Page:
Six tips for improving your next video

July 14, 2016  •  Leave a Comment

There are thousands, of tips and tricks to filming a video. You can even spend years in school studying cinematography. So rather than try to cram years of study into one blog post, I’m put together six tips that give you a solid foundation for your video.

Tip 1: Steady your Shot

An obvious sign of someone who is new to video is a jumpy, shaky, or uneven shot. Even those action movies with chase scenes mount cameras to dollies and the unsteady shots are deliberate. If you’re interviewing a customer about a solution and the camera is shaking, it will be difficult to watch.

A tripod is one obvious way to fix this. By mounting your camera on a tripod, the shot will remain steady – just make sure your shot is level. You can also use the “human tripod” or other Handheld techniques when you dont have a tripod.

Tip 2: Limit Panning

Another telltale sign of an amateur videographer is the heavy use of panning or zooming in and out very quickly. Not only is excessive panning distracting, it makes your video feel like a rollercoaster ride to your viewers. 

That’s not to say that you shouldn’t pan at all. But the best way to pan is to do so slowly, hold the shot once you’ve zoomed in, and then slowly zoom out or cut away. Panning is a great tool to emphasize what a speaker is saying, especially if it’s something dramatic or important. If you’re brand new to video, your best option when first starting out is to keep a steady shot with little or no panning.

Tip 3: Camera Angle

You have probably seen innovative camera angles used — shooting upward to indicate power, shooting down to show someone being overpowered or insignificant. These artistic styles can work at times.

But rather than trying to be too artistic, put the camera at eye level, capturing the subject’s head and shoulders. If you want to provide some visual intrigue, you can create a set that’s interesting and frame your shot so that the subject is slightly to the right or left. (Granted you provide enough “look space,” that is, space in the direction where they’re looking. So if a subject is looking to the right, have them positioned in the left of the shot.)

Rather than shooting directly in front of the subject, turn them slightly to be at three-quarter view.There is certainly the time and place for a subject to look directly into the camera, but more often than not, a subject is at this three-quarter angle.

Tip 4: Rule of Thirds - Framing your Shot

When you’re framing a shot, think of dividing your shot into thirds. Grab a photo or get your camera and look through the viewfinder, then draw two lines — real or imaginary — across the horizontal axis and two on the vertical. This will split your shot into a tic-tac-toe array.

The rule of thirds can be thought of as the rule of what’s visually interesting and appealing to the viewer. According to Wikipedia, “The rule of thirds is applied by aligning a subject with the guide lines and their intersection points, placing the horizon on the top or bottom line, or allowing linear features in the image to flow from section to section.

The main reason for observing the rule of thirds is to discourage placement of the subject at the center, or prevent a horizon from appearing to divide the picture in half.”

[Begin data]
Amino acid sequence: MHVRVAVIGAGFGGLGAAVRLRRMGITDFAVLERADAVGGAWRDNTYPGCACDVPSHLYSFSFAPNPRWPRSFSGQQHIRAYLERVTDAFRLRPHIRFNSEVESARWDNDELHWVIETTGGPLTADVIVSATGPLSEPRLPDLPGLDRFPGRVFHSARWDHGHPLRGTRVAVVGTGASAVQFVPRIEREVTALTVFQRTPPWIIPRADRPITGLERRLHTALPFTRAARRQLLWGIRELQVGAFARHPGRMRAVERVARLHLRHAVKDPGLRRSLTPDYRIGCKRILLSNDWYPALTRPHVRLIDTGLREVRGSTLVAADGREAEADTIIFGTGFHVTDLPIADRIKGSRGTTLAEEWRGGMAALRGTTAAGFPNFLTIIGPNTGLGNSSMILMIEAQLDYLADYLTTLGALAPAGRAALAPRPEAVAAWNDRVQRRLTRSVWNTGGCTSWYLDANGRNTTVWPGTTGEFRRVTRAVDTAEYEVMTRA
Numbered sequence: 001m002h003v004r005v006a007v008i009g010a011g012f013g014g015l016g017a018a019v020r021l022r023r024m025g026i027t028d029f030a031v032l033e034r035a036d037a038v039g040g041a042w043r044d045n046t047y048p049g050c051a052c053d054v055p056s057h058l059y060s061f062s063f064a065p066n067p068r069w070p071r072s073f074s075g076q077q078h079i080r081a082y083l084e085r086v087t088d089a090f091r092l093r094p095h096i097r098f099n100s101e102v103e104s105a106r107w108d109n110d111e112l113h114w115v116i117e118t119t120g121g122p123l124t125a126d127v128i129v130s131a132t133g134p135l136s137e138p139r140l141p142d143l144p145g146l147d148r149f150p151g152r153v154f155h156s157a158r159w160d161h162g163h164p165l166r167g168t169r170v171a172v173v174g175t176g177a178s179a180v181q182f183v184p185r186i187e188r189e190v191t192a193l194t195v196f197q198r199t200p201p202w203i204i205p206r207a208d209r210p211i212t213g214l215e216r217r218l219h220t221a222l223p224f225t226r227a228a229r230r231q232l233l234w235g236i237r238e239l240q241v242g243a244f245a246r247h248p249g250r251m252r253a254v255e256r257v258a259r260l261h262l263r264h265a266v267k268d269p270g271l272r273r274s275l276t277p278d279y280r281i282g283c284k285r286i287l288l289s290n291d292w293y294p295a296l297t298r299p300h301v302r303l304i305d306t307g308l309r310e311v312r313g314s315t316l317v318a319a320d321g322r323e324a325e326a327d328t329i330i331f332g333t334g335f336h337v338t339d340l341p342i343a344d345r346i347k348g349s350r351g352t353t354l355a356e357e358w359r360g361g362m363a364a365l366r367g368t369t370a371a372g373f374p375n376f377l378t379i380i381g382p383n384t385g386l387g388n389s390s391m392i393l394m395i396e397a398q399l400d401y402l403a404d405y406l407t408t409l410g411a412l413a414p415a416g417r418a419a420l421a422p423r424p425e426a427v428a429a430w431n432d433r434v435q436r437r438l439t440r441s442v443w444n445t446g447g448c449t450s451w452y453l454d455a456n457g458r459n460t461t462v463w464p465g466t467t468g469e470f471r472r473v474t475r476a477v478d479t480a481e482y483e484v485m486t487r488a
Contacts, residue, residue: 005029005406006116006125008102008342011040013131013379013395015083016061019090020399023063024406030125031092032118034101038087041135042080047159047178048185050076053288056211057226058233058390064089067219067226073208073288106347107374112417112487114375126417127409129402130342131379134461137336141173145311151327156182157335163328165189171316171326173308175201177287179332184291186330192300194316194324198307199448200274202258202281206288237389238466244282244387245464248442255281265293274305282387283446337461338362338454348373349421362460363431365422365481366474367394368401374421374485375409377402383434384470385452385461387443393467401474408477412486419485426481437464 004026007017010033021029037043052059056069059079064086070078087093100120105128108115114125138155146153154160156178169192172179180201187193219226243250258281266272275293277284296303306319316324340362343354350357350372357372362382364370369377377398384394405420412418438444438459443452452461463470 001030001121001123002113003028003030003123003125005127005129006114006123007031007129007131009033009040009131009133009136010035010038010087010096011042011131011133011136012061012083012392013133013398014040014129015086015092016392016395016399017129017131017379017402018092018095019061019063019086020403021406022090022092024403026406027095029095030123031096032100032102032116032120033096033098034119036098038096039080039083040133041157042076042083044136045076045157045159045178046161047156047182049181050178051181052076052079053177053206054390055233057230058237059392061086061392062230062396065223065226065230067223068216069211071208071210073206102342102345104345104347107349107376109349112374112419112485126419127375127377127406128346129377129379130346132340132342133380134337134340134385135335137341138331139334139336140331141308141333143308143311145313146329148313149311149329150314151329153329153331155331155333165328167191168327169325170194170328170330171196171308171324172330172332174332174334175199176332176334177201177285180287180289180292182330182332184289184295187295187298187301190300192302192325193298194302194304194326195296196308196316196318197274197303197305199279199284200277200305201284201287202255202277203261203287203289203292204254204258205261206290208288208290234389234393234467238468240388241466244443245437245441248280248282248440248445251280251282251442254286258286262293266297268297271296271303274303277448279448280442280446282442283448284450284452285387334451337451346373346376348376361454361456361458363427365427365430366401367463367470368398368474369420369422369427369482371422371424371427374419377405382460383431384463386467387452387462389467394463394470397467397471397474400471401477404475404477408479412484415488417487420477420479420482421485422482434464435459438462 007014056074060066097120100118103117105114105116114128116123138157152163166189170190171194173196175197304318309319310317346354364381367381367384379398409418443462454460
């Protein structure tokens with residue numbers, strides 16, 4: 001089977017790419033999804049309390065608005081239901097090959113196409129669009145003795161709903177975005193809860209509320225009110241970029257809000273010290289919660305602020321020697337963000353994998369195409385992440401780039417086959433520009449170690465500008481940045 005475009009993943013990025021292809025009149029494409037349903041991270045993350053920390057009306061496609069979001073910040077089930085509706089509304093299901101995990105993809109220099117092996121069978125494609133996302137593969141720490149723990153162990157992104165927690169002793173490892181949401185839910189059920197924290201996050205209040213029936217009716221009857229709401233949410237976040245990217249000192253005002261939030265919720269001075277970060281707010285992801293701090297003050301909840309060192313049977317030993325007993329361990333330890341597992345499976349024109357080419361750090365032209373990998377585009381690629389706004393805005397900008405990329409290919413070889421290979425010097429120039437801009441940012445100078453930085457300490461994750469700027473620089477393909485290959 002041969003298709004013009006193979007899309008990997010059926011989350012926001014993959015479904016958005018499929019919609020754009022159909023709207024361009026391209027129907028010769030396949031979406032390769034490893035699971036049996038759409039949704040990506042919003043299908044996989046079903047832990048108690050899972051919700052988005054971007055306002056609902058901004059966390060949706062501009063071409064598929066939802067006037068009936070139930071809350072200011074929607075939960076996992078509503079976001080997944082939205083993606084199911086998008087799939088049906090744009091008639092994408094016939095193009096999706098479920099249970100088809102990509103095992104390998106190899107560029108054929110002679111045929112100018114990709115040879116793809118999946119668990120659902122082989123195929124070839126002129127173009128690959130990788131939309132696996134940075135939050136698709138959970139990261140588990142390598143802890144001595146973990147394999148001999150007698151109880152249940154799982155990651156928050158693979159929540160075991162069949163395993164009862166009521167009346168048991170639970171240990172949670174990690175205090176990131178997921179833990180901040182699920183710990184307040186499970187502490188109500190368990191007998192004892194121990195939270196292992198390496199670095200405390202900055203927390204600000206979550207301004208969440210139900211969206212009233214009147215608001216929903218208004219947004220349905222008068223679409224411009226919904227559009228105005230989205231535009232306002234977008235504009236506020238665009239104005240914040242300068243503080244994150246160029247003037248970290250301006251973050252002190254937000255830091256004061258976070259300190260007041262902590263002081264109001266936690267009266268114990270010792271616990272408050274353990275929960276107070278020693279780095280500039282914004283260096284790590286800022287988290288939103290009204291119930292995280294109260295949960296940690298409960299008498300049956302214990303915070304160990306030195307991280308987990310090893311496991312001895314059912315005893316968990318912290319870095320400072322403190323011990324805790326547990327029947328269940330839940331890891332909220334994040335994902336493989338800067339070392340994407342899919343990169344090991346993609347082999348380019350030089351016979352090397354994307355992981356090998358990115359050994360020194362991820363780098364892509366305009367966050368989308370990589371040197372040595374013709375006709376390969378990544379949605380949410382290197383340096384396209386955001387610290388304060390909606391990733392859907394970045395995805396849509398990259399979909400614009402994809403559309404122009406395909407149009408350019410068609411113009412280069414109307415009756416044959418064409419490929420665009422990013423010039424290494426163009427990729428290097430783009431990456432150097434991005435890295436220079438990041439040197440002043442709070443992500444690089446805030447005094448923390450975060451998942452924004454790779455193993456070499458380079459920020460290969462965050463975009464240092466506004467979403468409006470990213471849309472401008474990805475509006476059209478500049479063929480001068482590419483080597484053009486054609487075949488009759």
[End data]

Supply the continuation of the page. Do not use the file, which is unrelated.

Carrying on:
Tip 5: Always Capture extra Footage

If you captured your video take in one take, congrats! But before you walk away patting yourself on the back, be sure to try it once more, perhaps from a different angle, in a different setting, or ask your subject rephrase. In many cases, what I thought was the perfect video was marred by background noise that I didn’t notice, a funny look from the subject, a wayward glance – it’s amazing how many small things you don’t notice. So capture extra footage and if you don’t need it, you can delete it. It’s always good to have extra video to work with, just in case.

While you’re at it, be sure to also get some “b-roll” which is secondary footage that you can use for the introduction or as voiceover footage that plays while a subject is explaining something.

Tip 6: Quality Audio

One of the biggest audio mistakes beginning videographers make is trying to film someone speaking from across a room when there's no way to clearly hear their audio. Background noise, room echoes, and outdoor sounds can all contribute to poor quality here. Audio is one of the few places where corners can't be cut. Bad sound can ruin an otherwise brilliant video, so don't rely on the on-board microphone. Use external microphones or a digital recorder to capture the high quality sound you need.

Here are some good Microphone options.

Digital recorder  - Something like the Samson Zoom H6 or the Tascam DR-60D with XLR connections. 

Lavalier or a "Lav" - Take a look at the  Shure SM93 Lavalier Microphone or  a wireless unit like Sennheiser ew 100 ENG G3 Wireless Microphone System Be careful when you attach it to your subject and position it to avoid any unnecessary noise coming from hair or jewelry rubbing up against it.

Shotgun - A good option for shooting on the go look at a Microphone like the Rode VMGO or the Rode VideoMic Pro R

Using your iPhone for your Video? There are great audio options for your mobile phone Audio as well.

Photojojo's Mighty Mic, Blue's Mikey Digital , and the Zoom iQ6; the first is designed for shooting on the go, while the latter two are more for single-room recordings and music captures.

In the wired lavalier section, you've got the Movo PM10  and the Rode smartLav+

Pay attention to close attention to your audio. Start by letting your ears do more of the work.

Every room and situation has its own sound.


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